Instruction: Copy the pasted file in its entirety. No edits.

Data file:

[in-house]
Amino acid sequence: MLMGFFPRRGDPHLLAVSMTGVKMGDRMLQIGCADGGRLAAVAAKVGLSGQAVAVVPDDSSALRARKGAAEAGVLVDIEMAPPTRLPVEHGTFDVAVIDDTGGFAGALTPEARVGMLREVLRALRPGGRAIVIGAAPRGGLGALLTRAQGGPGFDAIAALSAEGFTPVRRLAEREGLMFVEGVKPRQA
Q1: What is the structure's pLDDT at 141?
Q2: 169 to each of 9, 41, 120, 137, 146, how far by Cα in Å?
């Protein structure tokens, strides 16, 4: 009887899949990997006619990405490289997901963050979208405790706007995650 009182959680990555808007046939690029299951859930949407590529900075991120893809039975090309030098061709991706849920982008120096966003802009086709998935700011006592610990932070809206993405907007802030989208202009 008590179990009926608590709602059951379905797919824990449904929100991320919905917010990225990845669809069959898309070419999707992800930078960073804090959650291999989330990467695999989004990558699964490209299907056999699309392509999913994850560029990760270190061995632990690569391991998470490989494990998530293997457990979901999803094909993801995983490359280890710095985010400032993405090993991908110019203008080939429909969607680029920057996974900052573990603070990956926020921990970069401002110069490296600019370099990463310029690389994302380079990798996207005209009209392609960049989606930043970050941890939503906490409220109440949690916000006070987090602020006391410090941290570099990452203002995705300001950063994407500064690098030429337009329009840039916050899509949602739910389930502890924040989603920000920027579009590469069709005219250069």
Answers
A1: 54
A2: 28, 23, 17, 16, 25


[in-house]
Amino acid sequence: MLMGFFPRRGDPHLLAVSMTGVKMGDRMLQIGCADGGRLAAVAAKVGLSGQAVAVVPDDSSALRARKGAAEAGVLVDIEMAPPTRLPVEHGTFDVAVIDDTGGFAGALTPEARVGMLREVLRALRPGGRAIVIGAAPRGGLGALLTRAQGGPGFDAIAALSAEGFTPVRRLAEREGLMFVEGVKPRQA
Q1: What is the structure's pLDDT at 141?
Q2: 169 to each of 9, 41, 120, 137, 146, how far by Cα in Å?
């Protein structure tokens, strides 16, 4: 009887899949990997006619990405490289997901963050979208405790706007995650 009182959680990555808007046939690029299951859930949407590529900075991120893809039975090309030098061709991706849920982008120096966003802009086709998935700011006592610990932070809206993405907007802030989208202009 008590179990009926608590709602059951379905797919824990449904929100991320919905917010990225990845669809069959898309070419999707992800930078960073804090959650291999989330990467695999989004990558699964490209299907056999699309392509999913994850560029990760270190061995632990690569391991998470490989494990998530293997457990979901999803094909993801995983490359280890710095985010400032993405090993991908110019203008080939429909969607680029920057996974900052573990603070990956926020921990970069401002110069490296600019370099990463310029690389994302380079990798996207005209009209392609960049989606930043970050941890939503906490409220109440949690916000006070987090602020006391410090941290570099990452203002995705300001950063994407500064690098030429337009329009840039916050899509949602739910389930502890924040989603920000920027579009590469069709005219250069």
Answers
A1: 54
A2: 28, 23, 17, 16, 25